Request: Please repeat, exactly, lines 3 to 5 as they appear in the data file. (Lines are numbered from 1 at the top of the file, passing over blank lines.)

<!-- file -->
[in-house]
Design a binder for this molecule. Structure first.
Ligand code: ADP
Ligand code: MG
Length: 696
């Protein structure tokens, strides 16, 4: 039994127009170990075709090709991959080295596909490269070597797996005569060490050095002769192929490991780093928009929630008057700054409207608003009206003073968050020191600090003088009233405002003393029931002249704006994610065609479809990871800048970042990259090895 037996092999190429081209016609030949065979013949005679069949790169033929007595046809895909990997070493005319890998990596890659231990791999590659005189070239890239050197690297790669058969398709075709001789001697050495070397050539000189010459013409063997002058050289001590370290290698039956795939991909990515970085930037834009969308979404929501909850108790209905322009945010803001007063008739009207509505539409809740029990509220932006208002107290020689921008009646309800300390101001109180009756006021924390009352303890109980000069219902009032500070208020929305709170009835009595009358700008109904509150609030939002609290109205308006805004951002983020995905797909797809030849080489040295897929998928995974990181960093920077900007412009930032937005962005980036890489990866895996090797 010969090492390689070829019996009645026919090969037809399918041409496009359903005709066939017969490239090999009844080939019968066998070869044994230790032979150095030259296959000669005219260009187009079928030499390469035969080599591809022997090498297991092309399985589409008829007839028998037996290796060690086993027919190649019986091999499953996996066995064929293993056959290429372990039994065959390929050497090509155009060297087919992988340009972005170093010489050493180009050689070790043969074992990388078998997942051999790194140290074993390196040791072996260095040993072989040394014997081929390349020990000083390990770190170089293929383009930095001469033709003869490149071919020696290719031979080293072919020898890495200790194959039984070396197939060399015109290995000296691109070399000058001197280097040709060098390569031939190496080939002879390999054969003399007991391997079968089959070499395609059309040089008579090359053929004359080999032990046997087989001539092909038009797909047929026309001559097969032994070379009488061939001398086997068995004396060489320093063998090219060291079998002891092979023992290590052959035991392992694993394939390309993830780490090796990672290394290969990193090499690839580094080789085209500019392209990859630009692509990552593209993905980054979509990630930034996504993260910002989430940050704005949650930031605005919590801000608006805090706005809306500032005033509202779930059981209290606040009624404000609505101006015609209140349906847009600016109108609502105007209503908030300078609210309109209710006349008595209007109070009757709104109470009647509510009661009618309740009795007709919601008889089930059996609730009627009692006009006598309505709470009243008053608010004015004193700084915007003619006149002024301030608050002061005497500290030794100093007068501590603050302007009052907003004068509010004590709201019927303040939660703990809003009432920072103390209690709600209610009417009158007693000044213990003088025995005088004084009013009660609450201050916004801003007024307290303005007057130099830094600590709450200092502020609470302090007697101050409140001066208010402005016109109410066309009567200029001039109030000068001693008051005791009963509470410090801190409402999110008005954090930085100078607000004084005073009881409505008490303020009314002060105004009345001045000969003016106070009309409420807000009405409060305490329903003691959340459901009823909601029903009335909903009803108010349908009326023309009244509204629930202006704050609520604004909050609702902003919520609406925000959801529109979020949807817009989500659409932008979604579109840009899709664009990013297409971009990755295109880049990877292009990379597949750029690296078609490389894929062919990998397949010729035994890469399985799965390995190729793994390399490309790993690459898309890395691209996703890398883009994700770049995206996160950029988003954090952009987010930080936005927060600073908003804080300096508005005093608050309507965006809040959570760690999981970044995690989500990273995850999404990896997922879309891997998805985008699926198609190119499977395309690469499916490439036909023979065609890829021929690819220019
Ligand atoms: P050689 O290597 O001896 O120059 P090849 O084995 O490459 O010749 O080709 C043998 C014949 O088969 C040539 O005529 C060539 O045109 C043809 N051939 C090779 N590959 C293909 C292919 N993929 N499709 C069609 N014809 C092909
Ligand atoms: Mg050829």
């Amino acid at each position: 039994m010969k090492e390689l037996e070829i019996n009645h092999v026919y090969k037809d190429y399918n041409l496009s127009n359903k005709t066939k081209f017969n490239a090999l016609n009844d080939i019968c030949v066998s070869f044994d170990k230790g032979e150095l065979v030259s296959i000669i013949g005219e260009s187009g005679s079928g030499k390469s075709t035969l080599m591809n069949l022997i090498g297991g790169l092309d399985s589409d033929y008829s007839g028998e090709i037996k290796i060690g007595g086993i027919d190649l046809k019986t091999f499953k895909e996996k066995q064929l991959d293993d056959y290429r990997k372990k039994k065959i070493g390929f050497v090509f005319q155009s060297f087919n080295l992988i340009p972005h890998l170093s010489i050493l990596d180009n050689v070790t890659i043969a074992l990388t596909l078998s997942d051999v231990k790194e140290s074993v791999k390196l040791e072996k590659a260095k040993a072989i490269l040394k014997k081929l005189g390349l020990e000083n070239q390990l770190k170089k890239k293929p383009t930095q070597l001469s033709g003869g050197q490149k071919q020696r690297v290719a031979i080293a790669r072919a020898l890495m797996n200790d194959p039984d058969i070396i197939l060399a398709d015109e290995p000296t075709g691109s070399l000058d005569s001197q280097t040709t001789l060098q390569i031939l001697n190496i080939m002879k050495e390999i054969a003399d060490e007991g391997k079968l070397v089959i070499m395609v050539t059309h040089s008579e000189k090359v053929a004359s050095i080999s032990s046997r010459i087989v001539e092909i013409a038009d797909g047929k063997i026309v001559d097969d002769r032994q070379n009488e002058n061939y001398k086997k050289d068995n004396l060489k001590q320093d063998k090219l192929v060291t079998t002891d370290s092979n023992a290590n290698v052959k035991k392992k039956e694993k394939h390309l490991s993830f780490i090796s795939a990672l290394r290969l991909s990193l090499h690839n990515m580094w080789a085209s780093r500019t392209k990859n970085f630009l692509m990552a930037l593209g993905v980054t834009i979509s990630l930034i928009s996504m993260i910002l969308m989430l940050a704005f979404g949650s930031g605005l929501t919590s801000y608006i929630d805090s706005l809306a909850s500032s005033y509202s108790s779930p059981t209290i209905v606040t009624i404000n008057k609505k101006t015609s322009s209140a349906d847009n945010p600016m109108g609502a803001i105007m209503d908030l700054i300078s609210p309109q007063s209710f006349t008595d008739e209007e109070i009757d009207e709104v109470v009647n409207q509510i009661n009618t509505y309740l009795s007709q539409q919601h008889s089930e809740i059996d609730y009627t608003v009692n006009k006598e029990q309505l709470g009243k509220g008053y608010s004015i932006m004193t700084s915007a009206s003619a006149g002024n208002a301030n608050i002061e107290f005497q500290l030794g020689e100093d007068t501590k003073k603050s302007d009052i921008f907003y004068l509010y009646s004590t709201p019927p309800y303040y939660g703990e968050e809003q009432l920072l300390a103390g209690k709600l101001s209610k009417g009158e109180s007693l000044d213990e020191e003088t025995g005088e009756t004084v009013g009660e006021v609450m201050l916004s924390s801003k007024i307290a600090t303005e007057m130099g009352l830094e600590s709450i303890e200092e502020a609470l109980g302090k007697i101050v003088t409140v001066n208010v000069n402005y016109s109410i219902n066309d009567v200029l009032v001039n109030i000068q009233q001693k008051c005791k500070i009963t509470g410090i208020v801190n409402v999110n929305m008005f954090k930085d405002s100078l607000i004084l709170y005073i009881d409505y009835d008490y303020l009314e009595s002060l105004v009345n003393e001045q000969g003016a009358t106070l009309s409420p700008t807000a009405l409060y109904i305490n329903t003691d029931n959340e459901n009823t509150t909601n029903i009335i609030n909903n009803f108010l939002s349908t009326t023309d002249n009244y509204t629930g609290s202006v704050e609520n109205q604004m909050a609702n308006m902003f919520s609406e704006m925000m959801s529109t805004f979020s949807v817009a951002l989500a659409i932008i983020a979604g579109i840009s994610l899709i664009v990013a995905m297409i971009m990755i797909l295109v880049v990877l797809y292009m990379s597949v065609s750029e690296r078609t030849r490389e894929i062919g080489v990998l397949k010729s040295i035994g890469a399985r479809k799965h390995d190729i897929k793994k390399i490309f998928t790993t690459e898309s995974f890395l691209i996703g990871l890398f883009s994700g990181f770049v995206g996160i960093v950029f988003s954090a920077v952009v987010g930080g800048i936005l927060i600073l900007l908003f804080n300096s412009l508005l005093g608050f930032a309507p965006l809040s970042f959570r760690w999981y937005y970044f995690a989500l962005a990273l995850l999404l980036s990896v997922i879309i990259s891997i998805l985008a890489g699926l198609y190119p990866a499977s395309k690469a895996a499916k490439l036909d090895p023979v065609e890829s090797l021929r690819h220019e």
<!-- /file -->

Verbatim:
Ligand code: ADP
Ligand code: MG
Length: 696